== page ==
About Treion Muller

Treion-Muller-Dad-Rules Treion Muller is a self-proclaimed “father in motion” of five delightful—but not perfect—children. Treion moved to the US from South Africa in 1995 to complete his bachelors and masters degrees in adult learning. He is currently Franklin Covey’s Chief eLearning Architect, business book author, national presenter, and social media and online learning expert.

New Book “Dad Rules: Simple Manual for a Complex Job” by Treion Muller

Dad-Rules-CoverI just received the manuscript for “Dad Rules: Simple Manual for a Complex Job” that is  being released in April 2012.  After opening the the book, I began to read and was captivated by Treion’s writing style.  It is a well written, witty, and insightful book that will make you smile, laugh out loud, and seriously consider your influence as a Dad.  Upon completion of this great book, I will post more thoughts for your consideration.  If you would like to know a bit more about the book, check out Treion’s website, and slip on over and pre-order your copy today.  I am confident you will enjoy it.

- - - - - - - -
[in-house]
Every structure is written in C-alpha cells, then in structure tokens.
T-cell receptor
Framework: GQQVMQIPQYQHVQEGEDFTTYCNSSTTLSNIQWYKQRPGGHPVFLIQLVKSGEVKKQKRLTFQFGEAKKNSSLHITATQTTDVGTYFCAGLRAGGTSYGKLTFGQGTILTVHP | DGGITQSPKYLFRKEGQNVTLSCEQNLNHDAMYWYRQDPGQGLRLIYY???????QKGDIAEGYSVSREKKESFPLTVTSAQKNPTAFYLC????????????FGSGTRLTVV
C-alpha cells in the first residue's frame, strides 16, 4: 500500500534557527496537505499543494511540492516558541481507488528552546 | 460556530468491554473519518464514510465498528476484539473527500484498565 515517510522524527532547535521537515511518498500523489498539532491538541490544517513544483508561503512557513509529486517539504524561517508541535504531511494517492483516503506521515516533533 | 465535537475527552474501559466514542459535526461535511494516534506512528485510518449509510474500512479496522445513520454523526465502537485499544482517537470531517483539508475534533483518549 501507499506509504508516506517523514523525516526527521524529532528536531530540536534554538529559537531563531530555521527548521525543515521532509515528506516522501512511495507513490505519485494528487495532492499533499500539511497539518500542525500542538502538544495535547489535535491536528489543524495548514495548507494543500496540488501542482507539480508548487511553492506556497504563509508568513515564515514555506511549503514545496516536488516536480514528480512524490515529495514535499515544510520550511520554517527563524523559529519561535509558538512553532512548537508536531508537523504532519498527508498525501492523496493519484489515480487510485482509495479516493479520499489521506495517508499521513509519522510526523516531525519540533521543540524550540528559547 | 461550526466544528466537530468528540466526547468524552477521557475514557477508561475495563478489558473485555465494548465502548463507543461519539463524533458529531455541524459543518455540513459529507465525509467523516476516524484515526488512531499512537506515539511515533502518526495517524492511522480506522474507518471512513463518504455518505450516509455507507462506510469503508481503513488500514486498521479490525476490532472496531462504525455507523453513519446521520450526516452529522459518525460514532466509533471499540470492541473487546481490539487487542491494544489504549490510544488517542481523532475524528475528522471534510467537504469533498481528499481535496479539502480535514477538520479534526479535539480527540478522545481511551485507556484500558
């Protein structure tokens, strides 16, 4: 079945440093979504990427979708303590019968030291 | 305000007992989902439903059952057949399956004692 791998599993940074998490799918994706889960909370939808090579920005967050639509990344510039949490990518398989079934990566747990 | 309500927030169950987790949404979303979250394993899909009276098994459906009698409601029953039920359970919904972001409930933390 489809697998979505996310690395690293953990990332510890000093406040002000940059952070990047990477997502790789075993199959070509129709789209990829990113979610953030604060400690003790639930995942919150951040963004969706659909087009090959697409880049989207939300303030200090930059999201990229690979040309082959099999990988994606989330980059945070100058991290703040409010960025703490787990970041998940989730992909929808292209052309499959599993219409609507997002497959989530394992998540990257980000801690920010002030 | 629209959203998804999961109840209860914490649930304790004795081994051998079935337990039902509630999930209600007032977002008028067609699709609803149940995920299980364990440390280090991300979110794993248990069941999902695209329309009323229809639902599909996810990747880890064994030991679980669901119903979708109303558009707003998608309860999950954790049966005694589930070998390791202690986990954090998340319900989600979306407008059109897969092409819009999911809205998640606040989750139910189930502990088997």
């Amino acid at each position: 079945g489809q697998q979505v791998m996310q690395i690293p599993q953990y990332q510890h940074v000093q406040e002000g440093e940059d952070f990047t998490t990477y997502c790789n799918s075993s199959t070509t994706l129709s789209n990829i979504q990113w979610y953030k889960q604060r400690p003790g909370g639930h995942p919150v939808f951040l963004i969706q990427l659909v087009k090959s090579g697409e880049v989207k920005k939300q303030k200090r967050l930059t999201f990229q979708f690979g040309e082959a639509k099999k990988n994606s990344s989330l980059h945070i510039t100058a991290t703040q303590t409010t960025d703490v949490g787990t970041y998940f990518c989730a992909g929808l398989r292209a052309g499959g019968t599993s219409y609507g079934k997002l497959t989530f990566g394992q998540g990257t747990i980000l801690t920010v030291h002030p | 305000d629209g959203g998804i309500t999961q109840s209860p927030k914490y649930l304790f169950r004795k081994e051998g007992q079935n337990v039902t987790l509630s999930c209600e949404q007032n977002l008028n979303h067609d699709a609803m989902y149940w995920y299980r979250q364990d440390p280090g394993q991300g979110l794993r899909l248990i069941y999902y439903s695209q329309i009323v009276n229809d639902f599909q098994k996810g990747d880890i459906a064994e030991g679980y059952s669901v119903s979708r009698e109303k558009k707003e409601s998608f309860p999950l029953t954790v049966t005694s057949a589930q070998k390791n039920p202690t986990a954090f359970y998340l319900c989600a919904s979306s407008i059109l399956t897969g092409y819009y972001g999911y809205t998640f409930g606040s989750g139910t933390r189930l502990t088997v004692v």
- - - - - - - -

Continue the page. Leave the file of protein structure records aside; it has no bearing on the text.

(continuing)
Until next time, remember the influence you have upon your children!
Your friend and pro-active parent coach
Gregory Bland

Giving the One Eyed Monster a Rest by Gregory Bland

remoteIt seems it might be time to give our TV that much needed break.  The noise has echoed down our hallway much too long, lulling those who sit and gaze into its monstrous eye toward passivity.  Research has already shown the incredible effects of tv viewing upon our children and teens but think about the amount of time that is spent in this passive activity.

“The latest study by Kaiser foundation indicates that the next generation is already addicted to TV. The study found that kids, age 8-18, still watch about 4 hours of TV per day. On top of TV, they spend a couple hours playing with video games and computers. The grand total for kids was 6 hours 20 minutes per day. The study avoids the “A” word, but how else would you describe a generation who watches so much TV, videos, and games that they are labeled the “M” (Media) Generation?”